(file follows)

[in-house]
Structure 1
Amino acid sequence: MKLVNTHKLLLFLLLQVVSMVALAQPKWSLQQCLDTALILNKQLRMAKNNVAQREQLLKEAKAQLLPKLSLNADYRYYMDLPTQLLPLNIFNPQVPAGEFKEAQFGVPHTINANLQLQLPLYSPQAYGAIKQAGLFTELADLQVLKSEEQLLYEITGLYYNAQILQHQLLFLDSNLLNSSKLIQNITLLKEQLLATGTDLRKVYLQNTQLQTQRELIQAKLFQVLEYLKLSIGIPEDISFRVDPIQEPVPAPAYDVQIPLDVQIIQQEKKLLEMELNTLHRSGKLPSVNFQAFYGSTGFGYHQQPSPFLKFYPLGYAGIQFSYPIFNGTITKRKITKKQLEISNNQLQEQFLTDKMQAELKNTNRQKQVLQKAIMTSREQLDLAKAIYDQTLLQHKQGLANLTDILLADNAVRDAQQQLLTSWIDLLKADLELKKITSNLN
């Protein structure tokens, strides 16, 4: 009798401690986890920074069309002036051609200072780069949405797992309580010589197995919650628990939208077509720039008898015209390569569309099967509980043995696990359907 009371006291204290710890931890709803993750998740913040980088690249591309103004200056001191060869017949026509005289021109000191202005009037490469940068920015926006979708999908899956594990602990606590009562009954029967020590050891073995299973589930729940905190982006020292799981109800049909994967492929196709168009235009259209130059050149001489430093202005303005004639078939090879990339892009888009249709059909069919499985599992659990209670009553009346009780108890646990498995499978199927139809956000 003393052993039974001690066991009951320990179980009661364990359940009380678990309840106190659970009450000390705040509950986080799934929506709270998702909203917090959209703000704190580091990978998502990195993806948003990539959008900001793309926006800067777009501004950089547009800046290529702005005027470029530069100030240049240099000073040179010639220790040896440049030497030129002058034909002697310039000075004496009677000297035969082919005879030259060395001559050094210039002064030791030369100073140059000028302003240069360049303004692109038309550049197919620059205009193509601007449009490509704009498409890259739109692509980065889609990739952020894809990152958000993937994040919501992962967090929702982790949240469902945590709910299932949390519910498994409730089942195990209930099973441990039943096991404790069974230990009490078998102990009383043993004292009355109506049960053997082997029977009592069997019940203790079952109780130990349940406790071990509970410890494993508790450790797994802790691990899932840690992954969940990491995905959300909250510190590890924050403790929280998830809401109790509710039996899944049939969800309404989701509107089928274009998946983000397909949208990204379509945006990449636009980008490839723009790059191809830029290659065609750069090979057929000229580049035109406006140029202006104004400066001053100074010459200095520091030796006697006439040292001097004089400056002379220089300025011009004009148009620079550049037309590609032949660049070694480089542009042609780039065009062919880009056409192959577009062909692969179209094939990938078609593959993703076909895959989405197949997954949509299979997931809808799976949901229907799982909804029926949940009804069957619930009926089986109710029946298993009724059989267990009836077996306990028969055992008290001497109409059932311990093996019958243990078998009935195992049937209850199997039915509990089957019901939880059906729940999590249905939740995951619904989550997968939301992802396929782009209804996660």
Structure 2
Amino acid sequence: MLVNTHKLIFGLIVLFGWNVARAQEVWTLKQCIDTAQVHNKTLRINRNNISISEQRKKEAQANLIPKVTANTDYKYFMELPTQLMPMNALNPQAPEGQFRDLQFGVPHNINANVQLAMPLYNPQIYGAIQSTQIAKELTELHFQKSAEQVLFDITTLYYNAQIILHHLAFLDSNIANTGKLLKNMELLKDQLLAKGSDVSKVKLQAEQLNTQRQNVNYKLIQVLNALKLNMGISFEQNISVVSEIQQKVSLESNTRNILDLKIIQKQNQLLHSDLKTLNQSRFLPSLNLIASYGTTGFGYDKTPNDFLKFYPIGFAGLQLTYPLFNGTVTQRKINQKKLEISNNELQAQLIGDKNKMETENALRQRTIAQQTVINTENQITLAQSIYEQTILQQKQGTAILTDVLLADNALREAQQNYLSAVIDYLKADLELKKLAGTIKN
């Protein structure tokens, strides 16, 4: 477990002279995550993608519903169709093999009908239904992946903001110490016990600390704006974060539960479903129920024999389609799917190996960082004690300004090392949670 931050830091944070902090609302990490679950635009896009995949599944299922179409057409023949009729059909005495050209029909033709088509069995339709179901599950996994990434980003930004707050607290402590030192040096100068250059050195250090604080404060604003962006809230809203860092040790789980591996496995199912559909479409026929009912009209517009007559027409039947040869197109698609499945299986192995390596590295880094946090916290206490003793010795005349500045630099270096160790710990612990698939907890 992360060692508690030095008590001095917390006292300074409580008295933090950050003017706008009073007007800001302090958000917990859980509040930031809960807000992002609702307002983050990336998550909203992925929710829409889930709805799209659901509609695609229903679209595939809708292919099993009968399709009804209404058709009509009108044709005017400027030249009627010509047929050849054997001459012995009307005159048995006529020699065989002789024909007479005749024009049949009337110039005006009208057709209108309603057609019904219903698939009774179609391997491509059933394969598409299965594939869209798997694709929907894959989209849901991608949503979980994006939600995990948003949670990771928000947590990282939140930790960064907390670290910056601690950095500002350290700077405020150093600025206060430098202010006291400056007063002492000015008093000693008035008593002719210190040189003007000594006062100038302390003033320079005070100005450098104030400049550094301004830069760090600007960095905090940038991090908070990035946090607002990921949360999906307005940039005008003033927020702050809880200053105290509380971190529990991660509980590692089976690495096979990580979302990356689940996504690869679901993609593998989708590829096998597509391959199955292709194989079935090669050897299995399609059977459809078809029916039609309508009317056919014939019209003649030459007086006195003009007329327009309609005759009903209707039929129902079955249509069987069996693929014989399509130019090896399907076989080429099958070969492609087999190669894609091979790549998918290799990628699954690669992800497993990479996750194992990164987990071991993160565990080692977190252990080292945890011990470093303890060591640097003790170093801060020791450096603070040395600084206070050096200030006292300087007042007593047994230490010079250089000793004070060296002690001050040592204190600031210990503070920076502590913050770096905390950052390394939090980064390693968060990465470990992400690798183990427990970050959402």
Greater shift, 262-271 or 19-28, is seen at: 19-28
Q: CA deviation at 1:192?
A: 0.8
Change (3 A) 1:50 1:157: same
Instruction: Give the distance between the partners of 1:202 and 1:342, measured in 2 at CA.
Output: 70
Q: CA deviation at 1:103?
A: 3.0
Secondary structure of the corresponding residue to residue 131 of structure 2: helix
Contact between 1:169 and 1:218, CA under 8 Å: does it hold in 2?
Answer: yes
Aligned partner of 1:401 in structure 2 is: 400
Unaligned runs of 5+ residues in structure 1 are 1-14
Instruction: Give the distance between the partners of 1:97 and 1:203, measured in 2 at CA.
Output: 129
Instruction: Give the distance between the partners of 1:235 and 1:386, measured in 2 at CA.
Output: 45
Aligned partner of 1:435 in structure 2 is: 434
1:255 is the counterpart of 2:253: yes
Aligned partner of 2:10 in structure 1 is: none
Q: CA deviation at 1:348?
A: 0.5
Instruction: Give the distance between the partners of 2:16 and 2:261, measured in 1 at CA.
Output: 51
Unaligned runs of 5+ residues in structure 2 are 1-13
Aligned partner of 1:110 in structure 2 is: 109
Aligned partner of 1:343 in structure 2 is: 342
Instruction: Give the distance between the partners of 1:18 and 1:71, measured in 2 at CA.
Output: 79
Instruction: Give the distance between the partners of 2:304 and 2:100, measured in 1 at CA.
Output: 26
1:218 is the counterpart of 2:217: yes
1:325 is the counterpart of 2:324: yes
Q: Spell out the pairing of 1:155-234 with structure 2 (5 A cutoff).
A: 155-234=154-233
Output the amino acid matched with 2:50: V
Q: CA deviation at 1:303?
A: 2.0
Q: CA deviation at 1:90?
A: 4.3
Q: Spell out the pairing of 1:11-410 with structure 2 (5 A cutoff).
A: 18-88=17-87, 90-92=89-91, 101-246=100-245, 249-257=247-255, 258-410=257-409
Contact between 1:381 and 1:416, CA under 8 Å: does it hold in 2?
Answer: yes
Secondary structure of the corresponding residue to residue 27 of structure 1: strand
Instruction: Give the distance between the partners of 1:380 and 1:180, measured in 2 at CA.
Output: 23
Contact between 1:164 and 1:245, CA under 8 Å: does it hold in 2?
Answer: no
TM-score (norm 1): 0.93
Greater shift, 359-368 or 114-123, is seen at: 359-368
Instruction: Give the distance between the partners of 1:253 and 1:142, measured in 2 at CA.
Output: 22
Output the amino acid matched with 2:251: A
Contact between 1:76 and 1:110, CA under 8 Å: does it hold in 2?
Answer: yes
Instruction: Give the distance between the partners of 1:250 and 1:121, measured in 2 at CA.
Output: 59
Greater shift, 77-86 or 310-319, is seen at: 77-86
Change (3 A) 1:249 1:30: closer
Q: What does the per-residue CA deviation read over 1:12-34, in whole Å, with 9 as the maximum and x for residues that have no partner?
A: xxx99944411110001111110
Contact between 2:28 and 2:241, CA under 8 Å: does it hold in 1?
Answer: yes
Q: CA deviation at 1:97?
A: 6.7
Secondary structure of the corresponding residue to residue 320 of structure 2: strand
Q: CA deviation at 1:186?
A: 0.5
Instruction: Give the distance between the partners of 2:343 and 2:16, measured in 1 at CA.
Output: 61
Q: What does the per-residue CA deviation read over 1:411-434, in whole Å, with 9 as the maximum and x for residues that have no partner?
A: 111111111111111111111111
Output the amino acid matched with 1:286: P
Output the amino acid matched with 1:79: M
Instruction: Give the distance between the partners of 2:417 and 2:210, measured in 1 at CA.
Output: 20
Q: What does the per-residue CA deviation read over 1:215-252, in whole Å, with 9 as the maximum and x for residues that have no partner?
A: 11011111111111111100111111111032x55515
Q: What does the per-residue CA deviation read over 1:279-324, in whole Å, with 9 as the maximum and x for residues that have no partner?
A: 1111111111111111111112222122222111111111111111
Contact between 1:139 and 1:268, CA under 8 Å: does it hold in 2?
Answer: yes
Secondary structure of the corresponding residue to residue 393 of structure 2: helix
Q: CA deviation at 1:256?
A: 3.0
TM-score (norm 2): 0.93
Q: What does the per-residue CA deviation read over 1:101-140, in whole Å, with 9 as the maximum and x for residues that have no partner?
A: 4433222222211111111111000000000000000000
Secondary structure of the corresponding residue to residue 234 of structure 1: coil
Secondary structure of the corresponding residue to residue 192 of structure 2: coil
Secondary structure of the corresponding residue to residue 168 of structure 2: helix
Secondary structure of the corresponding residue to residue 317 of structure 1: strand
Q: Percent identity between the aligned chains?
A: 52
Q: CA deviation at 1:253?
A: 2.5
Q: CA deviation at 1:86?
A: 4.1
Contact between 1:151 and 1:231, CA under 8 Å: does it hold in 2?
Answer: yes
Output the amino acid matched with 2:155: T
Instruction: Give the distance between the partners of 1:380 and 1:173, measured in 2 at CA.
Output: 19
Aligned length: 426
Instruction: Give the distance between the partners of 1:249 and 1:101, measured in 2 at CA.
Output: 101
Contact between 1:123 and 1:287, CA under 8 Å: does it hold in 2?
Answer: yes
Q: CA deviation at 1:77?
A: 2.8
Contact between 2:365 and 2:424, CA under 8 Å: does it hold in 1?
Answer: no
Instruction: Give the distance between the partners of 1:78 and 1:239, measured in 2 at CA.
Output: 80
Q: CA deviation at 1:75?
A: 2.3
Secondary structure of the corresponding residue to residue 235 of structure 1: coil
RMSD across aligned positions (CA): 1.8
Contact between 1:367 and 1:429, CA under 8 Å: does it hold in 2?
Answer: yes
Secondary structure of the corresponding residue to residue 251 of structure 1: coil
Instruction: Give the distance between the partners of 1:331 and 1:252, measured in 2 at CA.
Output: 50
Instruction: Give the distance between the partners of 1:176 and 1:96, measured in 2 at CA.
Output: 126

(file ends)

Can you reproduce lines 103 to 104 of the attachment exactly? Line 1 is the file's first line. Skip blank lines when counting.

Q: CA deviation at 1:253?
A: 2.5